Name: Johnny Durant
Job title: Assistant product development manager
Company & location: Nomad Foods (Birds Eye, Aunt Bessie’s and Goodfella’s), Lowestoft
Education: Food science BSc, University of Leeds
Why did you decide to go for a career in food? At school, food technology was my favourite subject. I loved the creative outlet it gave me to experiment with new flavours and textures and I’d be so excited to share my creations with family and friends. At my sixth form there wasn’t an option to pursue food technology, so I continued cooking at home and instead focused my studies on the sciences where I developed a keen interest in chemistry.
When investigating my university options, I couldn’t believe my luck to find the ‘food science’ course – the perfect marriage of my passions! The course strengthened my curiosity in the topic. I had such a strong desire to share my creativity and newfound knowledge, I decided to pursue a career in product development.
I was thrilled to be given the opportunity to build upon these skills with a placement year at an international organisation – Nomad Foods (Birds Eye, Aunt Bessie’s and Goodfella’s) – and have continued to learn and develop as an individual every day since joining the company on a permanent basis last year.
Explain your job to us in a sentence (or two): I work as an assistant product development manager within the R&D team at the Lowestoft factory site. In this role I work across both the UK and poultry teams and am responsible for a wide product portfolio including potato waffles and chicken nuggets. It’s such a varied role and I benefit from working with many departments within the organisation. I work closely with colleagues in quality assurance, factory planning, line operatives and procurement.
What does a typical day look like for you? There is no such thing as a ‘typical day’ and this is the reason I love my job so much. I could be researching red meat protein structure, developing bench prototypes of the next-generation chicken burger, building specifications for a new Steamfresh vegetable product, or trialling a new potato waffle recipe in the factory.
Tell us about how you went about applying for the job. I originally started at Nomad as a placement student in my third year of university. Our course employability officer emailed about the opportunity and I was eager to pursue the chance to work for a household name such as Birds Eye. The application process was as you would expect from an international fmcg brand – there were a number of interviews and a practical assessment. I distinctly remember the company head chef telling me a story of how a former placement student accidentally covered herself in garlic powder during a pilot plant trial! I wonder if he now tells prospective students about the time I accidentally coated myself in mashed potato to test their commitment…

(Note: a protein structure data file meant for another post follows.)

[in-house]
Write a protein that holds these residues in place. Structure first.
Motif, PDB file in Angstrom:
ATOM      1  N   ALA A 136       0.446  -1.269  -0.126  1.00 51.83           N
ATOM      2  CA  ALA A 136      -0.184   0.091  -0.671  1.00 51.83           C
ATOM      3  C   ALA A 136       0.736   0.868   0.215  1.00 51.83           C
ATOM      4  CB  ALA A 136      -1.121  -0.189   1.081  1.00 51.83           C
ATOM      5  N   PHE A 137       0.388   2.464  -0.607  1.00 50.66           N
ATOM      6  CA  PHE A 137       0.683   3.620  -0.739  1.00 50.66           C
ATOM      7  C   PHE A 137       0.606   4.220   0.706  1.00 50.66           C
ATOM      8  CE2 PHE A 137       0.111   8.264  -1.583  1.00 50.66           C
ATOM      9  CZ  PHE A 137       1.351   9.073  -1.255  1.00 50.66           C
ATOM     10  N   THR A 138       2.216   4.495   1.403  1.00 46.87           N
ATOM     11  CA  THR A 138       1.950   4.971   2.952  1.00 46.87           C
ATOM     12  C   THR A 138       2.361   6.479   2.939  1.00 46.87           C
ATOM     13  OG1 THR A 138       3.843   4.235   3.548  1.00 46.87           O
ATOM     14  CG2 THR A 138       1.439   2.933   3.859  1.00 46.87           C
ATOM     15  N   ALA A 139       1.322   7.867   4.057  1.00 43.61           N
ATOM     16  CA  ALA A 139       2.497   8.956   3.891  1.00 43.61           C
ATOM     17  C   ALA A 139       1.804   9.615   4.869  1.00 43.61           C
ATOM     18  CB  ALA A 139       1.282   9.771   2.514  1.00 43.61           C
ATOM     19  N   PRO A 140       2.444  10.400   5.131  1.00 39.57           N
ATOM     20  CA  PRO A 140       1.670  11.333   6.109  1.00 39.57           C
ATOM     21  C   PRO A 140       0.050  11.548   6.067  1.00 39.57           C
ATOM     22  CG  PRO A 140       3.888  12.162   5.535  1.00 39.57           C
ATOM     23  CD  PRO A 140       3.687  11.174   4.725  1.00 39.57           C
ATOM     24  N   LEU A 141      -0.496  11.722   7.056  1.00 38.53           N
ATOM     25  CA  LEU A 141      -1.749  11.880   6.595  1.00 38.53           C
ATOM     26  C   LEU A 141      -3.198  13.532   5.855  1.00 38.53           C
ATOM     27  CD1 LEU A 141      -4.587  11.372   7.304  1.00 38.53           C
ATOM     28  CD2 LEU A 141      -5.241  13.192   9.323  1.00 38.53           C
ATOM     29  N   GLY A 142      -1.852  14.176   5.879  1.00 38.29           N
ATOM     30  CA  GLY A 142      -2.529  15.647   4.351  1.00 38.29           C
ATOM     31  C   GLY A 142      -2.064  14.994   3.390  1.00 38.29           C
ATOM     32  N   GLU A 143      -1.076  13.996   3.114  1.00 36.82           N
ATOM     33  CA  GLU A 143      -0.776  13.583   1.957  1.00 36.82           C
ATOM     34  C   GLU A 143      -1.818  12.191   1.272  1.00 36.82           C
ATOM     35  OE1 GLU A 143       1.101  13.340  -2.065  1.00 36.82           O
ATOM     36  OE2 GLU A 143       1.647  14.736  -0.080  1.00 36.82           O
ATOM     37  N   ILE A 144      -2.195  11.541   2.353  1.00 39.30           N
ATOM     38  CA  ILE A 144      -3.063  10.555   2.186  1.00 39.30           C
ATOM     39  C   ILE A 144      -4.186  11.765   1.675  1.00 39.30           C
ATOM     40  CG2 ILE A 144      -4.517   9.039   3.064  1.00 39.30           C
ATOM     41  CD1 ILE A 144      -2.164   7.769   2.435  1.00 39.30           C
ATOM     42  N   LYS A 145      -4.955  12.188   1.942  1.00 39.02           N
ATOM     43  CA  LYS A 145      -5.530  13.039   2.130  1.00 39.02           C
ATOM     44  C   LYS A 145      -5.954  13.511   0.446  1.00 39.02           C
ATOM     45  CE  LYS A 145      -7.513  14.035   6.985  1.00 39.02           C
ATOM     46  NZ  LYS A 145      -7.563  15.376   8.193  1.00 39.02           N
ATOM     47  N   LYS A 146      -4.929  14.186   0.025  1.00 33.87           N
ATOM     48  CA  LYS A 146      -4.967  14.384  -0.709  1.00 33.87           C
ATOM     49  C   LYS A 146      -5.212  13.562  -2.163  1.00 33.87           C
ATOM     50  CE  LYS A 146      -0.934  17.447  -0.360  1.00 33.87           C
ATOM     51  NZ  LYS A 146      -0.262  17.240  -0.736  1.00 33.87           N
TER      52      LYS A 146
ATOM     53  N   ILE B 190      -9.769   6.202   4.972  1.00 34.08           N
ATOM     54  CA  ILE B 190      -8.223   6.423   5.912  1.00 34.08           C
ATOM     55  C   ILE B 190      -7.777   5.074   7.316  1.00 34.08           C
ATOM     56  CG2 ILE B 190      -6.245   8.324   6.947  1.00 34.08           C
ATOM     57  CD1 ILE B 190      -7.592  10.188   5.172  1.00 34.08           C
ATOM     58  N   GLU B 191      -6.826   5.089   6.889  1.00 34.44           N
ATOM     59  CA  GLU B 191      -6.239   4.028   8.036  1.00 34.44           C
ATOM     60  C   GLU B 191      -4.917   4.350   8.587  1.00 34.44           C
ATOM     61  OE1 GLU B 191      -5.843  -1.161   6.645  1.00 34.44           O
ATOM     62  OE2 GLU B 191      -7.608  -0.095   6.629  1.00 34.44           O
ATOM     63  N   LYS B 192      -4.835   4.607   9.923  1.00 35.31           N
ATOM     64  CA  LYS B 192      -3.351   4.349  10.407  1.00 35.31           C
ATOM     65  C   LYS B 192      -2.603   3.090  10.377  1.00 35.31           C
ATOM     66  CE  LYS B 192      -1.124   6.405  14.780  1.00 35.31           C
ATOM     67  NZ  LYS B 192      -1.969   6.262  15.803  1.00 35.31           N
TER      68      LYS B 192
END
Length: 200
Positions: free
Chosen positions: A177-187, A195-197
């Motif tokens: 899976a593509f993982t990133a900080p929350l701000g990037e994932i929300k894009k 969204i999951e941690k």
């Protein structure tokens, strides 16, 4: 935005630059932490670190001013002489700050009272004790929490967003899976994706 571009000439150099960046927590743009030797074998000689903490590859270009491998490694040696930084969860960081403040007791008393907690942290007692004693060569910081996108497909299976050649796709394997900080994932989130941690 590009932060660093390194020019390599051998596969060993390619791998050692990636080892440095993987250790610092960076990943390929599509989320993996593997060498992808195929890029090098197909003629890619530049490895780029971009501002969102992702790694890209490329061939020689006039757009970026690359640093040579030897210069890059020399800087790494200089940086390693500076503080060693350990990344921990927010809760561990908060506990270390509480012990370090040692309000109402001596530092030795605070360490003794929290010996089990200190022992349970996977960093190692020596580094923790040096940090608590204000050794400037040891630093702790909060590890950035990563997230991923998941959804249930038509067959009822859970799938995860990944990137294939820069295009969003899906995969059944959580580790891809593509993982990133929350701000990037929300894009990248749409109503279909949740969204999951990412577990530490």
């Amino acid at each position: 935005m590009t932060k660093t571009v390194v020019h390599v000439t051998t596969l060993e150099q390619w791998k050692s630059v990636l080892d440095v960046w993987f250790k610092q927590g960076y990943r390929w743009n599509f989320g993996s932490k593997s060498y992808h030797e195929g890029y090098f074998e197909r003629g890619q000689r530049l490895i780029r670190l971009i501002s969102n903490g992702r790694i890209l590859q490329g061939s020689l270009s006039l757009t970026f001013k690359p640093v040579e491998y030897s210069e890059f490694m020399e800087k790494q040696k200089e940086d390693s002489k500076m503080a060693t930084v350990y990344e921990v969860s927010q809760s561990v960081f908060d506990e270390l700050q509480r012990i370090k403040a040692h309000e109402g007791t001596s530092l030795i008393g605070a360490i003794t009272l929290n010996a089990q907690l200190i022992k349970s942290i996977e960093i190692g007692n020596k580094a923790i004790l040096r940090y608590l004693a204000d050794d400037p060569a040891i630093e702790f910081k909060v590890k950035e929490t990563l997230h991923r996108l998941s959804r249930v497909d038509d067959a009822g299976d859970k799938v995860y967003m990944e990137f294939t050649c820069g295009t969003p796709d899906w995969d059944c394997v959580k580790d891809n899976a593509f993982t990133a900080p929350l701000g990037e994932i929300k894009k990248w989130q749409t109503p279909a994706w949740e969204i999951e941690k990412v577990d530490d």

“The vision of bringing moments of happiness to our consumers is what really drives my passion for this job”
What’s the best part about working for a food company? The best part for me is knowing that I’m developing products that will soon be enjoyed by thousands of consumers across the country. I believe good food can bring out a child-like joy and excitement in all of us, and the vision of bringing such moments of happiness to our consumers is what really drives my passion for this job. For me it’s also gratifying to be working on products that provide healthier meal choices to the mass market, and for a business with strong sustainability credentials such as leading the way on MSC fish sourcing and educating consumers that choosing frozen can reduce food waste.
What’s the biggest misconception people have about working in the food industry? That I must be a highly trained professional chef! I would say I’m a reasonable home cook, but I’m regularly blown away by what our company chefs achieve in our kitchens. As a product developer I approach cooking and recipe creation with a scientific lens, focusing on compound interactions, optimising product quality and performance, and ensuring scalability to industrial production.
What advice would you give to other young people looking for a food & drink job? Pursue opportunities with food and drink businesses that you love and demonstrate your enthusiasm for their brand and products. Most companies will have information about their business culture, ethos and vision for the future on their websites – find which of these resonate with you personally and chase these opportunities! Don’t be afraid to pursue these hard – persistence can go a long way.
What’s your ultimate career dream? To be honest I still feel as though I’m in the infancy of my career, but I want to continue pushing and stretching so that every day brings a new challenge. I’m still learning as much about myself as I am about the food and drink industry, and though I don’t yet have a defined ultimate career goal, I’m very excited to see what the future holds. In the short term I’m eager to see the new products I have been working on hit the supermarket shelves in the coming months (watch this space!). Medium term I would like to work towards a management position so I can introduce other young, ambitious graduates into the exciting world of food and drink R&D.